Author(s): Duffin R, Gilmour PS, Schins RP, Clouter A, Guy K,
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Abstract In 1997, an IARC Working Group classified quartz (crystalline silica) as a Group 1 lung carcinogen, but only in some industries, i.e., the quartz hazard is a variable entity. The reactivity of the quartz surface may underlie its ability to cause inflammation, and treatments that ameliorate this reactivity will reduce the quartz hazard. In this study we treated quartz (Q) with aluminium lactate (AL), a procedure that is reported to decrease the quartz hazard, and explored the effect this had on the highly reactive quartz surface and on proinflammatory events in rat lungs. Aluminium lactate-treated quartz showed a reduced surface reactivity as measured by electron spin resonance and the hemolysis assay. Eighteen hours after instillation of Q into the rat lung, there was massive inflammation as indicated by the number of neutrophils in the bronchoalveolar lavage (BAL). In addition, Q induced an increase in BAL macrophage inflammatory protein-2 (MIP-2) while ALQ had no significant effect compared to control. Epithelial damage, as indicated by BAL protein and gamma glutamyl transpeptidase, also increased with Q but not with ALQ. Furthermore, Q induced an increase in MIP-2 mRNA by BAL cells while ALQ had no effect compared to controls. There was an increase in nuclear binding of the transcription nuclear factor kappaB (NF-kappaB) in the Q-exposed BAL cells and again no effect on nuclear NF-kappaB binding in BAL cells from ALQ-exposed rats. In conclusion, treatment of the quartz surface with aluminium lactate reduced the reactivity of the particles both in terms of hydroxyl radical generation and in terms of the induction of molecular signaling events leading to inflammation. Copyright 2001 Academic Press.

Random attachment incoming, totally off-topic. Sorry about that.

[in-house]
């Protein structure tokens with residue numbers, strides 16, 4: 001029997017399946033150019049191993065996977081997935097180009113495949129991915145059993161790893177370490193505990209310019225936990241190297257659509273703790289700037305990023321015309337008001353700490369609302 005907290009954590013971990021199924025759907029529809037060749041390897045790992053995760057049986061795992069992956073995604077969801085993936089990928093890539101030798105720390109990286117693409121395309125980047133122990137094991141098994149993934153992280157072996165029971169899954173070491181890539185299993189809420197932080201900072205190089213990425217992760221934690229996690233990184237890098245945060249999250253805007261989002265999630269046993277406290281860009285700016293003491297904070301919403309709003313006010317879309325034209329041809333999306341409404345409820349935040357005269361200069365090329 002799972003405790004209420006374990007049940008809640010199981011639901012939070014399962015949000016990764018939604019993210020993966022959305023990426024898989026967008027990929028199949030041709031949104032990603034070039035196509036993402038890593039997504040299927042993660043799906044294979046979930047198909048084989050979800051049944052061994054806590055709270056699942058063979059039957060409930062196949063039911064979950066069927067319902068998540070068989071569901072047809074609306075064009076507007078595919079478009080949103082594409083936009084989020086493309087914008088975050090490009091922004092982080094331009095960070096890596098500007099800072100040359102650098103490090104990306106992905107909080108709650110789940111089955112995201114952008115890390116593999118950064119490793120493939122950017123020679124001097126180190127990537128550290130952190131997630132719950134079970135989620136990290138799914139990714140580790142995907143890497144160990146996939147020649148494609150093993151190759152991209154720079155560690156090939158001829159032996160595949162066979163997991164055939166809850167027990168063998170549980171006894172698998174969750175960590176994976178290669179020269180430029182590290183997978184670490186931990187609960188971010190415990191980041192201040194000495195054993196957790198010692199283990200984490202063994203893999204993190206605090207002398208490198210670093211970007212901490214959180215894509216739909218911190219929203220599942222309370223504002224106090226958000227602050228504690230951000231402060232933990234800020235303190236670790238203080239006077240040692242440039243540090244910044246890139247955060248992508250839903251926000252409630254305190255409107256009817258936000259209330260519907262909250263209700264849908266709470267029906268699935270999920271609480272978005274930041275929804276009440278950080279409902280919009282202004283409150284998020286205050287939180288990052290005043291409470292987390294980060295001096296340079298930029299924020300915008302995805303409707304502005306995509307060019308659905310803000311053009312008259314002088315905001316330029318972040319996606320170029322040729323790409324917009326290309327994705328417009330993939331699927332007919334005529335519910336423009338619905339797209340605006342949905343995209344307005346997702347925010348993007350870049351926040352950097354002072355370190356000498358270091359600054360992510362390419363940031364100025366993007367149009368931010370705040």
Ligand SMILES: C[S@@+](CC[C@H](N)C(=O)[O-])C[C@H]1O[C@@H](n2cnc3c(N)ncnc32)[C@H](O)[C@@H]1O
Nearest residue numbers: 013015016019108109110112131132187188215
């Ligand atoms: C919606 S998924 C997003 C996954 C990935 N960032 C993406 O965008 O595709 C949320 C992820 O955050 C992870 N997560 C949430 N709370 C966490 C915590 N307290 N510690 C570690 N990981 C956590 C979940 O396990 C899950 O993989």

This article was published in Toxicol Appl Pharmacol
and referenced in Journal of Addiction Research & Therapy